I pretend my tears are for other lost souls, a bottomless chest of horror to hide my reason why. I return to the club where first we met, to smoke cigarettes and drink the gin, that ‘mother’s ruin’ of London fame. I ignore the sirens and stare up into the sky, hoping my prayer reaches up to touch the Nazis’ bomb. 

The impatient commanding officer awaits my answer, tapping his fingers on the file in front of him.

‘Shall I get you some water, you do look rather pale?’ concerned to solve the dilemma, yet too bashful to say the words.

‘Yes, water would be nice.’

I sip the cold water that tastes of strawberry, while he tells me how important I am, an invaluable asset to the team.

‘A spot of country air will do you good. We’ll make all the arrangements, you really need not worry. Just a few months away, our secret, no one need know. Then back to work, no unpleasant embarrassment. This war will be won through sacrifices that must be made.’


Marija brings me a drink. She tells Sheryl it’s just fizzy water, we both know it’s not. Soft lotion is massaged into my bare fingers, then she paints my nails a rich scarlet. Sheryl stands beside me, the crumbs from her biscuit dropping onto my lap.

‘You’re wasting your time, Marj, she doesn’t know you’re there.’

Marija’s voice, tender and full of the memory of war, replies unperturbed by the intrusion into our private moment.

‘Joanie knows, Joanie knows everything.’

I try, but some memories are worth forgetting.

I traveled the globe to share my adventures with our night time pleasure. To Egypt, where your goddess walks her ancient tombs. To Asia, for exotic and sensual heat, and your favourite, to America, searching for the rhythm tapped out on a distant punt.

In crowded bars, filled with southern drawls, where the Cajun smokes and mourns, we discuss Ella, Satchmo and the Duke. In Memphis, that melting pot of sound, a creation born to flood my ears. I swung and asked for more as the radio sang out, “That’s All Right”. I retreated to Martha’s Vineyard, and debated late into the night. Lyrics and feelings and political leanings. Tom Paxton was there, he spoke of daughters and adventurous rabbits, brown and white. I listened, holding your invisible hand.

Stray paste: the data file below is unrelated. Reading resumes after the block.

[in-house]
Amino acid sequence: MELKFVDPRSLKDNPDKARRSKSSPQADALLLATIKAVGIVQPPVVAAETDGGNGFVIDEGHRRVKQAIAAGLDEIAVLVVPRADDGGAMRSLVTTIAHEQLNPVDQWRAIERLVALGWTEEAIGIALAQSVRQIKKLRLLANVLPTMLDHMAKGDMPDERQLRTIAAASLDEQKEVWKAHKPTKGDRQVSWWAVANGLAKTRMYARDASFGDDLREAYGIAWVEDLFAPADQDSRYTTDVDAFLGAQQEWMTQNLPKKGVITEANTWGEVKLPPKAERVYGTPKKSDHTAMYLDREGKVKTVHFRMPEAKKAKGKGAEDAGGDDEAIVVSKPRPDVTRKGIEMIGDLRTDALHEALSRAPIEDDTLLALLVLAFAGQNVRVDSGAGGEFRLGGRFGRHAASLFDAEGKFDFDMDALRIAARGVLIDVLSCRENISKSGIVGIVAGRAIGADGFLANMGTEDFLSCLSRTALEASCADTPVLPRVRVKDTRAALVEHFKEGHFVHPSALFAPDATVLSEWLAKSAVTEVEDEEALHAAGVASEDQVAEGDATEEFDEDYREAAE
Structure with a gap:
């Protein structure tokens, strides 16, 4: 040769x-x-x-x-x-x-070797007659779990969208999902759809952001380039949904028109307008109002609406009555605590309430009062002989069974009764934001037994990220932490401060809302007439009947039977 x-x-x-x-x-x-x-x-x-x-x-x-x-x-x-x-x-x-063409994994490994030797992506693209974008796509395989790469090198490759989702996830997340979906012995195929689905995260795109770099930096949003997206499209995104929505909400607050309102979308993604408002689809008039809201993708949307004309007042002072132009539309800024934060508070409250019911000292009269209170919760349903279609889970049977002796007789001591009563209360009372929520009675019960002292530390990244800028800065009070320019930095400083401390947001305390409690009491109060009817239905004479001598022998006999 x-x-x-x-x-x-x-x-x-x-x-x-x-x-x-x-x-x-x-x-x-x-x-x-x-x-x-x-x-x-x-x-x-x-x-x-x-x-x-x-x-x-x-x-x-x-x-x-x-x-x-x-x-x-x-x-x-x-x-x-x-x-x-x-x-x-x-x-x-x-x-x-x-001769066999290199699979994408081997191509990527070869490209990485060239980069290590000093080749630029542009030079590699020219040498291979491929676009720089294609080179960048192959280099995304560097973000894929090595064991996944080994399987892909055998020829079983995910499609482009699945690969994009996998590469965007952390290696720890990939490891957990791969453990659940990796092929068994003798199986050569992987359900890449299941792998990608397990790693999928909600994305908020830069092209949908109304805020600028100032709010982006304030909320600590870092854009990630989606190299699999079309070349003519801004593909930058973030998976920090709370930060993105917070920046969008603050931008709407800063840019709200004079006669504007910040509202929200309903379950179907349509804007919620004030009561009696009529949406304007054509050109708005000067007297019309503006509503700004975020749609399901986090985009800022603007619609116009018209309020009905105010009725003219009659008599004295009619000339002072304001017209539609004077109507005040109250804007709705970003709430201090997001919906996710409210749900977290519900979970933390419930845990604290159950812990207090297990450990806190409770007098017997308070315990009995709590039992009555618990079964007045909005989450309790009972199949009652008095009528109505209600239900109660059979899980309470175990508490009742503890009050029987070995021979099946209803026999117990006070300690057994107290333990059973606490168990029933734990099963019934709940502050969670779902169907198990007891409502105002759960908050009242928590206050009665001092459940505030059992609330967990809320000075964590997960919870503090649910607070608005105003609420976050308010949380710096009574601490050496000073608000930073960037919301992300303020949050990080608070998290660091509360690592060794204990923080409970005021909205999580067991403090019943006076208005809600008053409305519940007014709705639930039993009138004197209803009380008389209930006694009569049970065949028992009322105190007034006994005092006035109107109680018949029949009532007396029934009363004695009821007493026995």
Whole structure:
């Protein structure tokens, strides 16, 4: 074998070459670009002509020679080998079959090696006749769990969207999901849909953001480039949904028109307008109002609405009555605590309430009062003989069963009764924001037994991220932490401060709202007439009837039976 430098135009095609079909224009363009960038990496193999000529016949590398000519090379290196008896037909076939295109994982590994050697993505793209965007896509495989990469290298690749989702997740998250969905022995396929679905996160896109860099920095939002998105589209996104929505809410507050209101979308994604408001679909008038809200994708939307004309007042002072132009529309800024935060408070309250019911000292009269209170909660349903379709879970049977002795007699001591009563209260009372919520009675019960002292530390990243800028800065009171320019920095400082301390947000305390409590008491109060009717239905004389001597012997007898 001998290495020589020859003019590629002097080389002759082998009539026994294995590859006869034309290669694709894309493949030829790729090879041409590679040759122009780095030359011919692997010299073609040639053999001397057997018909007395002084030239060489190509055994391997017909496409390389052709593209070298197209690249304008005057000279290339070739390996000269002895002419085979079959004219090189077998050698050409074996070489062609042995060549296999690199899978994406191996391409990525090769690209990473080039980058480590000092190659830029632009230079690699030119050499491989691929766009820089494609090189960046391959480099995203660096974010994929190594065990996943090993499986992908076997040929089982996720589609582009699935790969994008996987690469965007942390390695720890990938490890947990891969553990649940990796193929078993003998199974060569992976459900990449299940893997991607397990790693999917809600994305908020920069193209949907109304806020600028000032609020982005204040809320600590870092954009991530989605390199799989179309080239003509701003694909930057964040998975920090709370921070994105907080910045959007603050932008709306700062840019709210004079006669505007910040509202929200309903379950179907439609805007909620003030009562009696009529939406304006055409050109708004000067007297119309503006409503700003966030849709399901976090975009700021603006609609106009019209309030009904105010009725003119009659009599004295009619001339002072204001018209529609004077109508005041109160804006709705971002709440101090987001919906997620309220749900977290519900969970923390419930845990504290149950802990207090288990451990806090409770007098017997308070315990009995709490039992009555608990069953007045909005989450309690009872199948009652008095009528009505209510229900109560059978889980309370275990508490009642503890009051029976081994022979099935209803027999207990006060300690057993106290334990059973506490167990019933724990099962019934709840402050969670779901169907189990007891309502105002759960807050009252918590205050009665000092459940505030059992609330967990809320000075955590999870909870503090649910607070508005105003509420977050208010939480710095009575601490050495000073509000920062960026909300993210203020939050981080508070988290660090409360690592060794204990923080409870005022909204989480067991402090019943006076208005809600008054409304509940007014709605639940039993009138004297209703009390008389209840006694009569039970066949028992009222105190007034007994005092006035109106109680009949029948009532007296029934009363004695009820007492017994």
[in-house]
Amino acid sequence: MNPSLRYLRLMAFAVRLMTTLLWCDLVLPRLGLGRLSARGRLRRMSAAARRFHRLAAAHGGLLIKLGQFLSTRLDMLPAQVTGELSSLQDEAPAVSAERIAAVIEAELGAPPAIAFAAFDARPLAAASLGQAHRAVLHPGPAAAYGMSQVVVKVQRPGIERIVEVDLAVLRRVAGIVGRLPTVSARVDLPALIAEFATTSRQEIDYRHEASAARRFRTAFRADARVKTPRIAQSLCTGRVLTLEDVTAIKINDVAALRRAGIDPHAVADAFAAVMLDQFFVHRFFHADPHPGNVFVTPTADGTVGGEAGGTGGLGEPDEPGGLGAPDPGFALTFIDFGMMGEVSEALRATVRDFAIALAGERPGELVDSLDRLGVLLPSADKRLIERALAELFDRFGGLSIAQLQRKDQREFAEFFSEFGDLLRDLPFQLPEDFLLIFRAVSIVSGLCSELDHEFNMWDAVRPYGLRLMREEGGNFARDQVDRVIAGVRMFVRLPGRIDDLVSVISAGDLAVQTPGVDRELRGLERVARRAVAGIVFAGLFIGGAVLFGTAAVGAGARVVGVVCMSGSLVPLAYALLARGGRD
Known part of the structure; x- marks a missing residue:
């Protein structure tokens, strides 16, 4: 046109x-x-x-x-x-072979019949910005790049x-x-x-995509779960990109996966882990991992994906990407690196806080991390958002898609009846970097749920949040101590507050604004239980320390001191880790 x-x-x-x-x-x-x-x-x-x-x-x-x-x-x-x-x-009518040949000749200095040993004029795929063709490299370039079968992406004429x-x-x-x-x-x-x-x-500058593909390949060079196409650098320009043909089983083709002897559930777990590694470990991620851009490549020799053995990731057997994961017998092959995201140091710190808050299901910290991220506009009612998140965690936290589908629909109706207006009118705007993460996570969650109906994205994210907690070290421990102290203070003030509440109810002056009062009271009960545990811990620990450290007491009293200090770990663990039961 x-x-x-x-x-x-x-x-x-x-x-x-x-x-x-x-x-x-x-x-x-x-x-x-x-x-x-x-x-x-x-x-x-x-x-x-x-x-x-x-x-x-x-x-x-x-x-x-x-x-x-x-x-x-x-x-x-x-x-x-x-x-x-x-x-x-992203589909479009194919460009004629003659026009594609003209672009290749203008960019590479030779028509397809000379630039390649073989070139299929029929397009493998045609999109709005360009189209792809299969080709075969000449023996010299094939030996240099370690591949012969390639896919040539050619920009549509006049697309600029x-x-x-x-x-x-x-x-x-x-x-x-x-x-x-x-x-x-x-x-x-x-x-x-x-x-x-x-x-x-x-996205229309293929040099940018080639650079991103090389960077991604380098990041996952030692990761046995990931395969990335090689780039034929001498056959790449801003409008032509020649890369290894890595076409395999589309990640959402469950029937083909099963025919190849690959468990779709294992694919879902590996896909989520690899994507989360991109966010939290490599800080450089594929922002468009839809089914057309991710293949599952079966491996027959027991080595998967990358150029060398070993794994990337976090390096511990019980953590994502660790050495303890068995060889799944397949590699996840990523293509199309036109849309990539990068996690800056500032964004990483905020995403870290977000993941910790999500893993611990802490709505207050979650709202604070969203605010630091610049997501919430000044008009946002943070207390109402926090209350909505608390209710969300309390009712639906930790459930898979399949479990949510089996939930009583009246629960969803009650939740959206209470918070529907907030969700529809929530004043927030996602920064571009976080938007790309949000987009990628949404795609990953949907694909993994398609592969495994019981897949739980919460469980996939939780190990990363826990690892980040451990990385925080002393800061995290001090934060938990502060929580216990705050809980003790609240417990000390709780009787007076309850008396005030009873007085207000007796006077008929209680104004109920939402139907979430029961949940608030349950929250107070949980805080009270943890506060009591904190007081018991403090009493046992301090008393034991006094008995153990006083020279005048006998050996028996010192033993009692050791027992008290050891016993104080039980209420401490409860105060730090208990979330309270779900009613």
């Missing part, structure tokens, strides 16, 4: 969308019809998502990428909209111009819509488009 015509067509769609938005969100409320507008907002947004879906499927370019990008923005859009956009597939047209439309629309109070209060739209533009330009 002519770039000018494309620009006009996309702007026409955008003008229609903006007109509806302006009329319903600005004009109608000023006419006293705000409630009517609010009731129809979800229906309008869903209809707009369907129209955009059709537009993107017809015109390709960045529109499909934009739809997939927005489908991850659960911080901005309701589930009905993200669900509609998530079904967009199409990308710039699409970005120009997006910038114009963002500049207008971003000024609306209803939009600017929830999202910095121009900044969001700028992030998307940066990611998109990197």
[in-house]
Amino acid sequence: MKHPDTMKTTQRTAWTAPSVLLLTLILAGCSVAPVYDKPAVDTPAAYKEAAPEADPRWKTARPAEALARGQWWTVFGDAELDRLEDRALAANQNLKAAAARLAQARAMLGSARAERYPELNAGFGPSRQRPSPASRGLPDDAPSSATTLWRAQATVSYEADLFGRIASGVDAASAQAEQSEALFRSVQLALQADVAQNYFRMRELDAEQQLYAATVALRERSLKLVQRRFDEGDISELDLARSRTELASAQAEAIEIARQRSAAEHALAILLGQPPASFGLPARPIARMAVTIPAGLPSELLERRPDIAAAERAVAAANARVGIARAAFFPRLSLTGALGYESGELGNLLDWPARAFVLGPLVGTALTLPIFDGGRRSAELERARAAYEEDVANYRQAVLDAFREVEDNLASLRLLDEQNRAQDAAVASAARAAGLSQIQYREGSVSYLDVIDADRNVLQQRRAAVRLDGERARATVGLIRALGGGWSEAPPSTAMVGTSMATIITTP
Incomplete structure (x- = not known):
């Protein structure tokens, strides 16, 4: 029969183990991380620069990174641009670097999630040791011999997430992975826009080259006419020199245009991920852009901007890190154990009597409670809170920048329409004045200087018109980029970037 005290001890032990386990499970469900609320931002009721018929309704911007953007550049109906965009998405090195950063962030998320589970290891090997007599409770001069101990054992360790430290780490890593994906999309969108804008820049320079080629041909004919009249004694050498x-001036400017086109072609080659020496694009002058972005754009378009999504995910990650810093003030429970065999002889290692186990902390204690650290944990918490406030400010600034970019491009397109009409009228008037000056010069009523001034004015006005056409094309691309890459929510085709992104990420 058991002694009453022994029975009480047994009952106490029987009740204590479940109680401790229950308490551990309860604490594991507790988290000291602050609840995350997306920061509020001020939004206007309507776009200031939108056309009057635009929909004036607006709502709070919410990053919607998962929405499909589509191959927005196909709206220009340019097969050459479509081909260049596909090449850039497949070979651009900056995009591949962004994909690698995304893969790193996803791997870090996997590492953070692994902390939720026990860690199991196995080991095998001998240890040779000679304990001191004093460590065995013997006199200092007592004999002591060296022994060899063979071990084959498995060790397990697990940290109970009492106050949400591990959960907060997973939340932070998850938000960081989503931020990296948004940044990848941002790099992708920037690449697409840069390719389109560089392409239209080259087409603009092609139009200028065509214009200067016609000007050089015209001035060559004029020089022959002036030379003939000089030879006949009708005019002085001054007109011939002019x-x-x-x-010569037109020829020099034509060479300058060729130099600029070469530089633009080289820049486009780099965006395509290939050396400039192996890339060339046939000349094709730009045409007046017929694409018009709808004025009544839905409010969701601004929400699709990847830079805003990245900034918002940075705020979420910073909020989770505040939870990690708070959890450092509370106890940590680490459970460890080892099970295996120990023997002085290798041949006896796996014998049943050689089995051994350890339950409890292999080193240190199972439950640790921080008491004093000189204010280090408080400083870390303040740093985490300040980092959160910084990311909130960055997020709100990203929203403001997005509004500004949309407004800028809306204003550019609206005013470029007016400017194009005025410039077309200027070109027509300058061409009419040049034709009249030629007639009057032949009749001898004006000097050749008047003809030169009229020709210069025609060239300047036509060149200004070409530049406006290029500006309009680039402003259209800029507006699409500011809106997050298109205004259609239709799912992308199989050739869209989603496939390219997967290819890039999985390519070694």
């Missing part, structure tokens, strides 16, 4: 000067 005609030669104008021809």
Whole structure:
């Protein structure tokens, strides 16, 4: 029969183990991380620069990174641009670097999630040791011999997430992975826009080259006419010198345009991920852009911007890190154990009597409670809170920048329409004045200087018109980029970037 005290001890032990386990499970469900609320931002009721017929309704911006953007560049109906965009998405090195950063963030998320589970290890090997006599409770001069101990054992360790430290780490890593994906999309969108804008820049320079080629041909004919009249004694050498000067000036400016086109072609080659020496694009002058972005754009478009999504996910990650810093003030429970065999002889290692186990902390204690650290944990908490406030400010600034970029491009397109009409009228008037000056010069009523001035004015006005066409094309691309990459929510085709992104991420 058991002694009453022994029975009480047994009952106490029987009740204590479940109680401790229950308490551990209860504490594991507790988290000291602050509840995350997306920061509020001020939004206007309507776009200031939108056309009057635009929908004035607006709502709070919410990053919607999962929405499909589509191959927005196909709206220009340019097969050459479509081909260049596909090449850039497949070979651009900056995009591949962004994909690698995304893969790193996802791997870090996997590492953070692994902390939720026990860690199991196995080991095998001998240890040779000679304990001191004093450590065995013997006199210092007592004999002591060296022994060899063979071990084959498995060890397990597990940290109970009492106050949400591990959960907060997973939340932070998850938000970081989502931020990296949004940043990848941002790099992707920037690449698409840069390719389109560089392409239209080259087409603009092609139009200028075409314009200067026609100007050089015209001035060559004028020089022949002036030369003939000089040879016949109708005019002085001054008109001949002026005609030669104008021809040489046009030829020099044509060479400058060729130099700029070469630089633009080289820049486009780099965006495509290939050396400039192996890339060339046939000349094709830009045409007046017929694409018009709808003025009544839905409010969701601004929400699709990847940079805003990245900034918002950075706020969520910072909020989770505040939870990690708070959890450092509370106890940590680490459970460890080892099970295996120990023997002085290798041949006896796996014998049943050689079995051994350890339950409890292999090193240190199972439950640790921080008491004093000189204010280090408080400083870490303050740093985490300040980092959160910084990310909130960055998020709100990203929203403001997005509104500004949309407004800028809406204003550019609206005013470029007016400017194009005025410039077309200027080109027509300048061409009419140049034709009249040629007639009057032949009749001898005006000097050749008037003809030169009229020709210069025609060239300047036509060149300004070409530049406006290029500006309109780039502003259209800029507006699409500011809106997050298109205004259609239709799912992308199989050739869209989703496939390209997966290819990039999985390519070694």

Marija brushes my hair, the auburn gone long before my sight. I feel the brush against my skull, her fingers lifting and curling the grey tresses.

‘Sheryl says a lady rang, she is coming to see you. She flew here all the way from America. I should make you pretty for your foreign visitor.’

I can smell the rose she slips into my curls. Marija says I am Gilda, poised, ready to tempt, a femme fatale of celluloid dreams.


I traveled the land from north to south, from east to west. I strummed and hummed with Joan and made cloud fantasies with Joni. Sisters together with fists held aloft saluting Hanoi Jane. I sang, I chanted, I kissed the cop and thread a flower into his cap.

I shared a bed with John, Paul, George and Ringo too. Those were not their names, but I did not care. The room was free, and the sheets were clean. We smoked our pot, said our goodbyes and I left them counting diamonds in the sky.

At the Griffiths Observatory, I spied upon celestial bodies far below, in open top cars and sunglasses, hiding their sorrowful tears. Hollywood stars light up the black velvet sky, shimmering forgotten suns, only to see them fade and dim before the angels’ dawn.

Our summer days, our treasure trove of memory and adventure.